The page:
AraquistainBasque, Spanish ''Place of the ferns'' in Basque. It first appeared when a family arrived for the first time to a part of the Pyrenees where they where a lot of ferns. Then, that family, changed their last name to ''Araquistain'' which means ''place of the ferns'' in basque.
ArencibiaSpanish Castilianized combination of the basque words of aranz meaning "thorn"; "hawthorn" + ibi meaning "ford" + a (basque article suffix); meaning someone living by a thorny ford. A "ford" is a body of water shallow enough to walk through; In this context topographically referring to a some places in Spain
ArmeniaItalian, Catalan, Spanish, Portuguese Ethnic name or regional name for someone from Armenia or who had connections with Armenia. This surname is derived from the feminine form of Armenio, which is ultimately from Greek Αρμένιος (Armenios) meaning "Armenian"... [more]
ArmenterosSpanish Habitational name from either of two places called Armenteros, in the provinces of Ávila and Salamanca, from the plural of armenatero meaning ‘cowherd’, from Latin armenta ‘herd(s)’.
ArmijoSpanish Derived from the Spanish adjetive "armigero", meaning "one who bears arms". First found in the Northern Region of Spain in Cantabria. Alternate spellings include: Armijos, Armigo, and Armija.
AvellanedaSpanish It literally means "hazelnut grove", denoting someone who either lived near one or worked in one.
AvenaSpanish, Italian A traditionally Spanish and Italian occupational surname for a "grain grower or merchant", or the Italian habitation surname for Avena, Calabria. Means "oats". From the Latin avēna meaning 'oats, wild oats, straw'.
Azuaje-fidalgoPortuguese (Rare), Spanish, Italian Fidalgo from Galician and Portuguese filho de algo — equivalent to "nobleman", but sometimes literally translated into English as "son of somebody" or "son of some (important family)"—is a traditional title of Portuguese nobility that refers to a member of the titled or untitled nobility... [more]
BadilloSpanish Topographic name from a diminutive of vado ‘ford’ (Latin vadum) or a habitational name from either of two places named with this word: Valillo de la Guarena in Zamora province or Vadillo de al Sierra in Ávila.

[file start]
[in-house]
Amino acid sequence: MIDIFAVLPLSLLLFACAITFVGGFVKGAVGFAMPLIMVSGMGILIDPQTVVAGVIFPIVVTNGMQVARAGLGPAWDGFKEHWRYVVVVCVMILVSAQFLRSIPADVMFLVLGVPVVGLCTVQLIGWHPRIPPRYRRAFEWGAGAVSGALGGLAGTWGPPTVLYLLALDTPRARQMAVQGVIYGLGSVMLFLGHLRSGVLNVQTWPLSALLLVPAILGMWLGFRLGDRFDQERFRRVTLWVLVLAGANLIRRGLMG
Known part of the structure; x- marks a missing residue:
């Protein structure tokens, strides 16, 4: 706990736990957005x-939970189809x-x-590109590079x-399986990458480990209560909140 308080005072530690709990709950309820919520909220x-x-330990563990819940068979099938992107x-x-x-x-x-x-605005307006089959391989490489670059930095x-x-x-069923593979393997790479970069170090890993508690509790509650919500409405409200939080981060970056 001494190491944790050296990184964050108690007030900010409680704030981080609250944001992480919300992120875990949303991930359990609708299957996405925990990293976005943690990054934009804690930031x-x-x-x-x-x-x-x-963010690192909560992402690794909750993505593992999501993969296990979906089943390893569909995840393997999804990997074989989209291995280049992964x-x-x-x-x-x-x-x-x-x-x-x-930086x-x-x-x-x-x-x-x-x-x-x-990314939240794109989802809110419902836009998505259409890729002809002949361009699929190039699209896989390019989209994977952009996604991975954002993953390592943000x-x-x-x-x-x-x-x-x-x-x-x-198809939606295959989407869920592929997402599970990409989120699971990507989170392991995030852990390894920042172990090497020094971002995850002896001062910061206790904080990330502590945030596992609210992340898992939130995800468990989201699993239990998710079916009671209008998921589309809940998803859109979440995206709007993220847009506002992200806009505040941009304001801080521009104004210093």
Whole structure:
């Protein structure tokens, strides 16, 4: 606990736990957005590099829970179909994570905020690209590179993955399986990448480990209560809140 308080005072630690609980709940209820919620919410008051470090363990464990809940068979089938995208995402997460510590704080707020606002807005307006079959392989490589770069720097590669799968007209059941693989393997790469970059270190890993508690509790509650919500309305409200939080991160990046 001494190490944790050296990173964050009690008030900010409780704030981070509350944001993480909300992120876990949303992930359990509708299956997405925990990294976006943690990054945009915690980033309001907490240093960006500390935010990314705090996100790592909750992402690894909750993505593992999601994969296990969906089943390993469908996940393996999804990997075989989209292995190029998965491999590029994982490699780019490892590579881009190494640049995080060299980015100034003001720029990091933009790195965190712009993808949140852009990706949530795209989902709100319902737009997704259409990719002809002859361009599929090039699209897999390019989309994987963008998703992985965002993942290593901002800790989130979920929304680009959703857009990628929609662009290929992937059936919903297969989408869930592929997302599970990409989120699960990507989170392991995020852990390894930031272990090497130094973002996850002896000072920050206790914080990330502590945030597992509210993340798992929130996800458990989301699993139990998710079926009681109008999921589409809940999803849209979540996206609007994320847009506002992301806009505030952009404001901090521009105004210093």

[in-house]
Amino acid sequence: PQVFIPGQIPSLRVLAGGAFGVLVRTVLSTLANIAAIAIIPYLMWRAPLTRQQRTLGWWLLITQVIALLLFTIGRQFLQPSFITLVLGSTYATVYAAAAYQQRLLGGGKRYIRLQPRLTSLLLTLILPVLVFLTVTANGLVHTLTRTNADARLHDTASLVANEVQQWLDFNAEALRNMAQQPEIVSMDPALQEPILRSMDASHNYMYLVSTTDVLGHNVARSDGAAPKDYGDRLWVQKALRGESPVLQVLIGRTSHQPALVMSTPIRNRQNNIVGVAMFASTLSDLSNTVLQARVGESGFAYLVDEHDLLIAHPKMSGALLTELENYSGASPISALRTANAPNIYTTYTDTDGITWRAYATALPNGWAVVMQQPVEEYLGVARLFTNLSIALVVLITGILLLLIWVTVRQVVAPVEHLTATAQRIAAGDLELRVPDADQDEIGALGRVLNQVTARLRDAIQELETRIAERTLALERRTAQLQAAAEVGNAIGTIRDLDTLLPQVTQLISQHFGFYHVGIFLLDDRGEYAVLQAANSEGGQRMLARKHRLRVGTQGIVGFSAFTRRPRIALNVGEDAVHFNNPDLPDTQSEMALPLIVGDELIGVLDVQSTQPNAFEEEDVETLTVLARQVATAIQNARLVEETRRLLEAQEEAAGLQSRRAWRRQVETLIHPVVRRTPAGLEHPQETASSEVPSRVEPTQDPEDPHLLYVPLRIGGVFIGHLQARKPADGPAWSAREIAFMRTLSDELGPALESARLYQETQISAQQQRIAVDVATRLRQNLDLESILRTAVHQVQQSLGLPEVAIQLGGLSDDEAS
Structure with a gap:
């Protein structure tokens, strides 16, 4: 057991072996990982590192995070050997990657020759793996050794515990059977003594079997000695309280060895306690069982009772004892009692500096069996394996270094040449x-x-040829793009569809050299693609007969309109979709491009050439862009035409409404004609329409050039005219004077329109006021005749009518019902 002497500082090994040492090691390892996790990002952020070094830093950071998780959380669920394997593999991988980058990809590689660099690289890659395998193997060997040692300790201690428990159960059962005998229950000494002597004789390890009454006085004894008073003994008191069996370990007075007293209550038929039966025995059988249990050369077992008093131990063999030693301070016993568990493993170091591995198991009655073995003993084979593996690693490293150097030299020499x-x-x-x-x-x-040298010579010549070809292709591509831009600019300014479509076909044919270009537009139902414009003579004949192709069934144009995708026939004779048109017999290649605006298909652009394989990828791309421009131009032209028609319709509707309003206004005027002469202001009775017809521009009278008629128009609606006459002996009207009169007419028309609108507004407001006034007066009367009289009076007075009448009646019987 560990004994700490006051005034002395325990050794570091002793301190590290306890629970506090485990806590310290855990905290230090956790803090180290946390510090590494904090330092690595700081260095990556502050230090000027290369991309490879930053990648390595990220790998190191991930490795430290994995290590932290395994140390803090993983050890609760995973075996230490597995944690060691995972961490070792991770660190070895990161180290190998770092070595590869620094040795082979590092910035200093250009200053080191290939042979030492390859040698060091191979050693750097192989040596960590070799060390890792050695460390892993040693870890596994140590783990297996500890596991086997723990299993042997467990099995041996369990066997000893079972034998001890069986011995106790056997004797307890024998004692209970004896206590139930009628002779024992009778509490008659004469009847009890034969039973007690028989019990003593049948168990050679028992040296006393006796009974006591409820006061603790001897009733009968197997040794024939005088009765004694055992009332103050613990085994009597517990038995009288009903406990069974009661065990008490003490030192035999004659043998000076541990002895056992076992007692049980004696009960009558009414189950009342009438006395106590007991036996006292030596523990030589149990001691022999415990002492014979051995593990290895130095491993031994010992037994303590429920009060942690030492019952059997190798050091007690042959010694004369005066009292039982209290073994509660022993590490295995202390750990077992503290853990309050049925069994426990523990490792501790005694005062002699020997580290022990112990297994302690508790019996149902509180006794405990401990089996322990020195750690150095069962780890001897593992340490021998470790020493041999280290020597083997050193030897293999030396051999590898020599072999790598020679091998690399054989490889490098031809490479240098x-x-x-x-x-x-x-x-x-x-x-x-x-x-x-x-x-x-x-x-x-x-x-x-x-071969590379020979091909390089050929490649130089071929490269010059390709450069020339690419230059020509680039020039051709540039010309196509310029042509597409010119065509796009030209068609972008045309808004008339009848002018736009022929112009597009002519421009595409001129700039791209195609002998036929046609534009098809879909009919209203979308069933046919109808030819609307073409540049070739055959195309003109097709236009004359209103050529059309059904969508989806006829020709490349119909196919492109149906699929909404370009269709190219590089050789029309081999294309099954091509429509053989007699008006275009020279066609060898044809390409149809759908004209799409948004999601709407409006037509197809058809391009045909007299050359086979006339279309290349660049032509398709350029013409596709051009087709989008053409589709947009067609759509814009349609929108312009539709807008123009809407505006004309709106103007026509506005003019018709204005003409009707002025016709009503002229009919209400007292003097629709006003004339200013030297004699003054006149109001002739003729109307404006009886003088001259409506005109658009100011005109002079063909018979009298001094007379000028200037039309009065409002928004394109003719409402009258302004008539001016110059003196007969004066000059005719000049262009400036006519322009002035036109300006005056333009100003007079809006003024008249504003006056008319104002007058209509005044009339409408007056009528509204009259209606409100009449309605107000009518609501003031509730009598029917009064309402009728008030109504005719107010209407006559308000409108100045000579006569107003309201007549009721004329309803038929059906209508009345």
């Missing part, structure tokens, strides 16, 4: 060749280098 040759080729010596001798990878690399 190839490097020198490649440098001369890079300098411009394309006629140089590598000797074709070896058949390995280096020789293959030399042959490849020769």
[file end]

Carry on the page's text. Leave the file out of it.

BallonSpanish Theoretically it could be a variant of vallón, from valle ‘valley’, but neither form is attested as a vocabulary word or as a place name element. Alternatively, it could be a Castilian spelling of Catalan Batlló, Balló, nicknames from diminutives of batlle ‘dancing’.English: variant spelling of Balon.
BanuelosSpanish Spanish (Bañuelos): habitational name from any of various places, primarily Bañuelos de Bureba in Burgos, named for their public baths, from a diminutive of baños ‘baths’ (see Banos)
BarberoSpanish Spanish occupational name for a barber-surgeon (see Barber), Spanish barbero, from Late Latin barbarius, a derivative of barba ‘beard’ (Latin barba).
BarcelonaCatalan, Spanish Habitational name from Barcelona, the principal city of Catalonia. The place name is of uncertain, certainly pre-Roman, origin. The settlement was established by the Carthaginians, and according to tradition it was named for the Carthaginian ruling house of Barca; the Latin form was Barcino or Barcilo.
BárcenasSpanish This indicates familial origin within the eponymous neighborhood of the Castilian municipality of Espinosa de los Monteros.
BarreraSpanish, Catalan Either a topographic name for someone who lived near a gate or fence, from Spanish and Catalan barrera meaning "barrier", or a topographic name for someone who lived by a clay pit, from Spanish barrero, derived from the Spanish word barro meaning "mud, clay".